Upgrade Your MacBook's Internal Hard Drive

Besides adding a hard drive, you can upgrade your internal drive, which can be a hassle. As does a memory upgrade, adding or swapping an internal drive involves opening your MacBook’s case. In fact, it’s a somewhat more complex procedure than adding memory.

Add a second drive rather than swap out an existing drive. You’ll avoid the hassle of backing up and restoring your system on a new drive or (even worse) reinstalling Mac OS X and then reinstalling all the applications that you use. (Swapping a hard drive should be the definition of the word hassle.)

Instead, add a second drive and leave your current hard drive as is (or if you’re already using an external drive as a Time Machine backup, add a second external drive).

However, here are a number of very important reasons why many MacBook owners choose updating internal drives, even with the hassle of swapping:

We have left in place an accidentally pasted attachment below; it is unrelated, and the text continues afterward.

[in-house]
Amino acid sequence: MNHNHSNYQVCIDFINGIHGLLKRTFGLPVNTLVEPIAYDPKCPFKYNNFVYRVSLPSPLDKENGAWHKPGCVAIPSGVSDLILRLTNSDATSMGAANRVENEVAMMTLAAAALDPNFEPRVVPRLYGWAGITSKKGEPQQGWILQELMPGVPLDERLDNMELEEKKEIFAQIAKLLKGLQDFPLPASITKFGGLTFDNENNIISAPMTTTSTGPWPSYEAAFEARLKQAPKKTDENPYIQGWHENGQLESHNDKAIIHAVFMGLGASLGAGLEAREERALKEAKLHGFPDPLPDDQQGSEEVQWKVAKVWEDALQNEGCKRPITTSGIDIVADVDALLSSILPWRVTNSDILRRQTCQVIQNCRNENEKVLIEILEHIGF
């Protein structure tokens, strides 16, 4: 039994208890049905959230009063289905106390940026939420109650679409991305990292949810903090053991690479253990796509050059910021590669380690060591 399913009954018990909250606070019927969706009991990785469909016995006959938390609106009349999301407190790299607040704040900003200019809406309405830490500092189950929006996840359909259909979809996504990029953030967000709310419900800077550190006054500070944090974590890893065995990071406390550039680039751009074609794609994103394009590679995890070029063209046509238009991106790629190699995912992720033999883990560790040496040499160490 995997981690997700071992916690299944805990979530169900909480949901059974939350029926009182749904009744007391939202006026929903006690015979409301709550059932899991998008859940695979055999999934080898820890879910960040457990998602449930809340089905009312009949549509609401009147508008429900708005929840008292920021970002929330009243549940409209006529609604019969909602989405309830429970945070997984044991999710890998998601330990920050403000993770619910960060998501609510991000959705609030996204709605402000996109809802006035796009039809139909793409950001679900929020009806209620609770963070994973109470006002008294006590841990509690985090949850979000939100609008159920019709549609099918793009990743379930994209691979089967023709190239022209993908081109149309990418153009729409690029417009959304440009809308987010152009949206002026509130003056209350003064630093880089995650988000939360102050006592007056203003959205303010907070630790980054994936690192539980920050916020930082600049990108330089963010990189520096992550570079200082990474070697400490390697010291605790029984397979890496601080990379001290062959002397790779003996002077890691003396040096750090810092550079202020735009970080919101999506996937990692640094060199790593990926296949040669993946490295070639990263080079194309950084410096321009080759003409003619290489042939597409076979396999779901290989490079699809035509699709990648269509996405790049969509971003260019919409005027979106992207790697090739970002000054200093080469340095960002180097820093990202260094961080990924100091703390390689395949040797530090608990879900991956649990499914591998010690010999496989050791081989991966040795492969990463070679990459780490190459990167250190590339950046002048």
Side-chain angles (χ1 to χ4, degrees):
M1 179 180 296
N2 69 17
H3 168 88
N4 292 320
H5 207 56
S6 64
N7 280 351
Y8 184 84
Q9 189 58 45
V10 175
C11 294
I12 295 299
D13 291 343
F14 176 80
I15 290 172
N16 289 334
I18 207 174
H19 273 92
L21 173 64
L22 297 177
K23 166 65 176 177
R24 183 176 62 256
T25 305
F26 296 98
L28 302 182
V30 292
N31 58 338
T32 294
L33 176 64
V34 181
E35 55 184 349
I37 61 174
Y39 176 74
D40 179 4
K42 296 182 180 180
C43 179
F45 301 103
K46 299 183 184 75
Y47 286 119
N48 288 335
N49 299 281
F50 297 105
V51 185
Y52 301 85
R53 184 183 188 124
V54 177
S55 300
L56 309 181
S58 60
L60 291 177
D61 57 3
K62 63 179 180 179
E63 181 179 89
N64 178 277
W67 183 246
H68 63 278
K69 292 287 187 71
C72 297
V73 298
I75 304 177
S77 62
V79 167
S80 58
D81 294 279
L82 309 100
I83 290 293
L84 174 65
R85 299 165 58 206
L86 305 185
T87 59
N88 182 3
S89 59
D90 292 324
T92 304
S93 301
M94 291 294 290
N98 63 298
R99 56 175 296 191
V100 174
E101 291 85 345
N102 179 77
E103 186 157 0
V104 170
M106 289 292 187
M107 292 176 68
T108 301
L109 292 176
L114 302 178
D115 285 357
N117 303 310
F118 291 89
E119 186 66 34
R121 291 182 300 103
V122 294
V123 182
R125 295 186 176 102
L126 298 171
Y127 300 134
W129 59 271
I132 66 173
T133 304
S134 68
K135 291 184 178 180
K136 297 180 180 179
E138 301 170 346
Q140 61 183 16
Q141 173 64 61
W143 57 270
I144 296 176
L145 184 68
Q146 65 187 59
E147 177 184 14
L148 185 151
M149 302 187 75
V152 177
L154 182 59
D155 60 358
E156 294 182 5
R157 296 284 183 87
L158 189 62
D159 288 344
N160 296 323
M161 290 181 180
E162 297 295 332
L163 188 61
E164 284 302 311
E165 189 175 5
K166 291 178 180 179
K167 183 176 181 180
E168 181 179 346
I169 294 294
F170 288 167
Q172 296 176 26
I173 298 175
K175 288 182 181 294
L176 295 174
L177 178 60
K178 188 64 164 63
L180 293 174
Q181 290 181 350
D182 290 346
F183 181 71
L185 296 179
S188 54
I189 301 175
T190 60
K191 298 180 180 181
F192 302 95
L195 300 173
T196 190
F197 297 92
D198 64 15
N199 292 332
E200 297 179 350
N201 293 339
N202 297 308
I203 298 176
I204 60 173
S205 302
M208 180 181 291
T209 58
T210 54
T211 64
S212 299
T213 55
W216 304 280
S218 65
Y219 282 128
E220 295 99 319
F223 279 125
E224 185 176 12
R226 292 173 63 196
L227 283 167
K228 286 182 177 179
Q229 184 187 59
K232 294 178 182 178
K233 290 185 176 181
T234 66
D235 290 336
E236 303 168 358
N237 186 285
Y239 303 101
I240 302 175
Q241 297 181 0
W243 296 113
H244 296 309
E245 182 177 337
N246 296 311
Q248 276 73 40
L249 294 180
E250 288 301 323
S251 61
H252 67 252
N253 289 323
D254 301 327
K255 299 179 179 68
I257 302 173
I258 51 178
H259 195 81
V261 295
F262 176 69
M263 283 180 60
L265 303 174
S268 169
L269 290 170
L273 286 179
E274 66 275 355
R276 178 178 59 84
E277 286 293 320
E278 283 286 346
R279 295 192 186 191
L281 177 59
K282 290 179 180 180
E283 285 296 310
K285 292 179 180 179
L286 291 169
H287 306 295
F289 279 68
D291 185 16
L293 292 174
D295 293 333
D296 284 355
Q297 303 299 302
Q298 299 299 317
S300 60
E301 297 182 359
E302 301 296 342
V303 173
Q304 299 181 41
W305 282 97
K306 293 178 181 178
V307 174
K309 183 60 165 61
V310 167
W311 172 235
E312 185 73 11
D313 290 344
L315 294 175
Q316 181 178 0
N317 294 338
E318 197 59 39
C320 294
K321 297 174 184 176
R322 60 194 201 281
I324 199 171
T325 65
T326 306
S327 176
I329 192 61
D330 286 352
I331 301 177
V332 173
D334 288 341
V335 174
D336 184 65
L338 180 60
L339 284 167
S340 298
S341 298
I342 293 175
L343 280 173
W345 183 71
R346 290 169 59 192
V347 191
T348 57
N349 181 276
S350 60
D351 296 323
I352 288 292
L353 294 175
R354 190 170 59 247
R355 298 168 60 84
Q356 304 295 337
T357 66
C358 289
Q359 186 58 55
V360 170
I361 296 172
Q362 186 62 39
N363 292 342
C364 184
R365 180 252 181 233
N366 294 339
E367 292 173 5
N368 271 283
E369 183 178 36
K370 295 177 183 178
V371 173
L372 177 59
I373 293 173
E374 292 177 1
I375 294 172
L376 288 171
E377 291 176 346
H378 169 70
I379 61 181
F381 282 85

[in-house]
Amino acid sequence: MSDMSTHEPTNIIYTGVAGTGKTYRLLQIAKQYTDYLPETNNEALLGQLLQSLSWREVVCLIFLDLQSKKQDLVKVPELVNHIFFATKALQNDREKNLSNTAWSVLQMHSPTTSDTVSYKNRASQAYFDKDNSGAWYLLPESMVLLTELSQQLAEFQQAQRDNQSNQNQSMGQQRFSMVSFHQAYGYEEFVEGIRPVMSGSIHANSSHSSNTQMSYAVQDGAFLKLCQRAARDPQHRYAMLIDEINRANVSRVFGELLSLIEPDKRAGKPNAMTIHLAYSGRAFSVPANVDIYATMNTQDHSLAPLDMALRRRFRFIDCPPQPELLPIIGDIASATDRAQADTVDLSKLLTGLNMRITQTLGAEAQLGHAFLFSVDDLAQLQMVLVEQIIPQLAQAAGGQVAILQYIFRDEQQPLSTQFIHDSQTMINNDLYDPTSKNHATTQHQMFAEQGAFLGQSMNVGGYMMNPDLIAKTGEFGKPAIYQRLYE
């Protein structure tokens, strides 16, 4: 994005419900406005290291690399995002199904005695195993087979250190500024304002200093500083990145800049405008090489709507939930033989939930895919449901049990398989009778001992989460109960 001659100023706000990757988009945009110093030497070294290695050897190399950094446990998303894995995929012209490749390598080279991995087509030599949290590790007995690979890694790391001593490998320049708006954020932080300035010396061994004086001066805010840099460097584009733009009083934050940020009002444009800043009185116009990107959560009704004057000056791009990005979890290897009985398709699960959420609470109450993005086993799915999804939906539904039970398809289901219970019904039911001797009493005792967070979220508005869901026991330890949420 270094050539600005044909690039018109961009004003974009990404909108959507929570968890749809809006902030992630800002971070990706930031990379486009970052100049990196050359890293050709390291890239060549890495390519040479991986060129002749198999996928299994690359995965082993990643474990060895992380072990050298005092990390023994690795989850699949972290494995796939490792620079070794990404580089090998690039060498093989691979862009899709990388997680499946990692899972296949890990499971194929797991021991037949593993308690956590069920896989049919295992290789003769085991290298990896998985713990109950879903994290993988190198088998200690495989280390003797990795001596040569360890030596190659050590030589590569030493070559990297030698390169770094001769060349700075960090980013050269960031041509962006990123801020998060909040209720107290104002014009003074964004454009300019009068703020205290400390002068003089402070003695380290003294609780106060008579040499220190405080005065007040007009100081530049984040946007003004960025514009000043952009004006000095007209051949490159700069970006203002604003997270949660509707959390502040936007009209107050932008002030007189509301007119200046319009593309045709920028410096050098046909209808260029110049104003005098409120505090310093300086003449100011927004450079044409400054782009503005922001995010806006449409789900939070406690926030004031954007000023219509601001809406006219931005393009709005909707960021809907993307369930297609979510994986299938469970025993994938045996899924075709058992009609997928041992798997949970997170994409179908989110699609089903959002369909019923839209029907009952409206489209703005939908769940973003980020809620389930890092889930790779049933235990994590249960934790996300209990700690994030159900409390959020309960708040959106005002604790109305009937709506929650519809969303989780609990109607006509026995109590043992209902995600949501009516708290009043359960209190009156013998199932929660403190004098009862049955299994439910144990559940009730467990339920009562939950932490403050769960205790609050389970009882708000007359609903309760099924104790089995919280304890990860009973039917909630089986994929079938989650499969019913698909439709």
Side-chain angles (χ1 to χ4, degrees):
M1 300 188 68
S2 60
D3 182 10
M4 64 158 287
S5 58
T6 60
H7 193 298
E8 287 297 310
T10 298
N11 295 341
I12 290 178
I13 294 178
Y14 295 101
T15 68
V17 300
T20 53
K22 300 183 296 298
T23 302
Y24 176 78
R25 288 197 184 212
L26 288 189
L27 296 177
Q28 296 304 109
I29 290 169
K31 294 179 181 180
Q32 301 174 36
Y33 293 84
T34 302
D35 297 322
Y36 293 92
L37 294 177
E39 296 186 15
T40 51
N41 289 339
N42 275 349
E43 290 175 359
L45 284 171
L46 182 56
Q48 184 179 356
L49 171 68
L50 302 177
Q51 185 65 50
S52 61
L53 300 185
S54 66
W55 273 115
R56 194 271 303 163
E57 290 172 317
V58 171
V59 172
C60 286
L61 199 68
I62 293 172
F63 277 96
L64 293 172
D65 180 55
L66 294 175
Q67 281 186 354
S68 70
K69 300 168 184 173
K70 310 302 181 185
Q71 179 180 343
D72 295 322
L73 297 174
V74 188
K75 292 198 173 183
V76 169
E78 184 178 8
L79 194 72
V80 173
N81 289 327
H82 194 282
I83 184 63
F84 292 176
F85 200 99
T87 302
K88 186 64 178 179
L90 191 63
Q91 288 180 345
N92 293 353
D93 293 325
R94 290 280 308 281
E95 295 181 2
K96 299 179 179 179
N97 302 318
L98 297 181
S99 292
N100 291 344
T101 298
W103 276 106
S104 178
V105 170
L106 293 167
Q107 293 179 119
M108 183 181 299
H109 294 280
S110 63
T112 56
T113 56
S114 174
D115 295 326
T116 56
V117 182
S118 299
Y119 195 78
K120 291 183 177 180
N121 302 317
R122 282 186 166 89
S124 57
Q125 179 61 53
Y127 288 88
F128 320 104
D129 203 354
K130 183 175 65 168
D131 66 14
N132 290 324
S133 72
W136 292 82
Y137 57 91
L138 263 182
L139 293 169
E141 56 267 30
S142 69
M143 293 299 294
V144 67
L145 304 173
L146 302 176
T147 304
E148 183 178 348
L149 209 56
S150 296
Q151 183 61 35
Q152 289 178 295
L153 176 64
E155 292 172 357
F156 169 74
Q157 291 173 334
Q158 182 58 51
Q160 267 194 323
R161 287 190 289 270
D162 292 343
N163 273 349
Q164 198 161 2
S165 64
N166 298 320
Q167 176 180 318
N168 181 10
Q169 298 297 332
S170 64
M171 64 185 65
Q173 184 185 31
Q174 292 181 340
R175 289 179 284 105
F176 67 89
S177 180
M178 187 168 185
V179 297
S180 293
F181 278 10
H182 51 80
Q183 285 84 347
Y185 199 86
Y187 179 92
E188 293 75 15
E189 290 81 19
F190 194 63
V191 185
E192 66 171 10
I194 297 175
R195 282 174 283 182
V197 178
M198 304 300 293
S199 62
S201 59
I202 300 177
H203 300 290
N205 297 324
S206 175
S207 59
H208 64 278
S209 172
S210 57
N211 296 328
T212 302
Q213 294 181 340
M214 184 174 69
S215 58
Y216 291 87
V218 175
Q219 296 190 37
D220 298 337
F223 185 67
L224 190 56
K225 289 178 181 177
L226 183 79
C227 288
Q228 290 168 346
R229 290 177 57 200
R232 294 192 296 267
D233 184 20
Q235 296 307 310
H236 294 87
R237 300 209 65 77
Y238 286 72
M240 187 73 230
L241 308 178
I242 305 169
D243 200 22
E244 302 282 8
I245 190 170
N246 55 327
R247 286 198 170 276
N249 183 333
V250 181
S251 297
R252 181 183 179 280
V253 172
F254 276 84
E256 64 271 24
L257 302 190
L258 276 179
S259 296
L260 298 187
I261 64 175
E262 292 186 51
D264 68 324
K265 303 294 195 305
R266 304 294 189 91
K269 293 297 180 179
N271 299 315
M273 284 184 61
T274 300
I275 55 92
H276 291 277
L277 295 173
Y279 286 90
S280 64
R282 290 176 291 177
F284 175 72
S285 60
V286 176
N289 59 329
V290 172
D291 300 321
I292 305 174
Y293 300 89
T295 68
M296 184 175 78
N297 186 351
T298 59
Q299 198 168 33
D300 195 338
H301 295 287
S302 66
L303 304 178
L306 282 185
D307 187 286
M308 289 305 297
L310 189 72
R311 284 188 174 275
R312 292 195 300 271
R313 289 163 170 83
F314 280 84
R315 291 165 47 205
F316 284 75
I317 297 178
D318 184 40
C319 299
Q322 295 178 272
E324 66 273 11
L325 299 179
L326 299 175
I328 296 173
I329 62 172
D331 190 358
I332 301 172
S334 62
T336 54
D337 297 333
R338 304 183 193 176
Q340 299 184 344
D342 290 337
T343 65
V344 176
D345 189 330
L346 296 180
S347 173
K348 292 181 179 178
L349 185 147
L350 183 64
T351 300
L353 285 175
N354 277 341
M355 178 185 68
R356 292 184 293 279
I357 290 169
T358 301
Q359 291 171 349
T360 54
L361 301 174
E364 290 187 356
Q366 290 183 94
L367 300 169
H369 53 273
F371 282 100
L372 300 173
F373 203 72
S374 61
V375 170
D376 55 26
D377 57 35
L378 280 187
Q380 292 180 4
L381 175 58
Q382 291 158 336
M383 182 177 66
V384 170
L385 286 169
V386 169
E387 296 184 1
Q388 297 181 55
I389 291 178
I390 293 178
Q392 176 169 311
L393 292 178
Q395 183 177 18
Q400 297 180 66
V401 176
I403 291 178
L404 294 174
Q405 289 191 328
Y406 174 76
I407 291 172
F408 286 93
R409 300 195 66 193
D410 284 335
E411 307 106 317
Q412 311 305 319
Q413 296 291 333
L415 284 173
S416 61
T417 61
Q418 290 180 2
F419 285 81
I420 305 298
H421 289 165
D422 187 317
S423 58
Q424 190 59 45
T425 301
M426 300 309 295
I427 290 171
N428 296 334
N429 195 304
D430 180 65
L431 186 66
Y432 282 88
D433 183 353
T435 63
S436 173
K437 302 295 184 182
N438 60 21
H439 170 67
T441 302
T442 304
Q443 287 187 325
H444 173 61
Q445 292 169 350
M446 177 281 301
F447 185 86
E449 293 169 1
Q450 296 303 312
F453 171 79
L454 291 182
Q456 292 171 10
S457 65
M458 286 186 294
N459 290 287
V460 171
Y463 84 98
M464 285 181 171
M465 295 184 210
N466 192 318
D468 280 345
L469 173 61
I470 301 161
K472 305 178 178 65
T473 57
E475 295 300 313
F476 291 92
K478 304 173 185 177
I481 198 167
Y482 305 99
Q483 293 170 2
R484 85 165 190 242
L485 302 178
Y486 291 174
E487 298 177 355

• They’re cheaper. You’ll spend significantly less on an internal drive because it doesn’t need the case and additional electronics required by an external drive.

  • They’re faster. A typical USB 2.0 drive isn’t as fast as an internal drive.

  • They take up less space in your work area. An internal drive eliminates the space taken by an external drive, which can range anywhere from the size of a paperback to the size of a hardback book.

After you establish that you are in fact ready for more space — and you’ve decided whether you want to add an external drive, or (if you enjoy punishment) upgrade your existing internal drive — you’re ready to consider how big of a drive you need.

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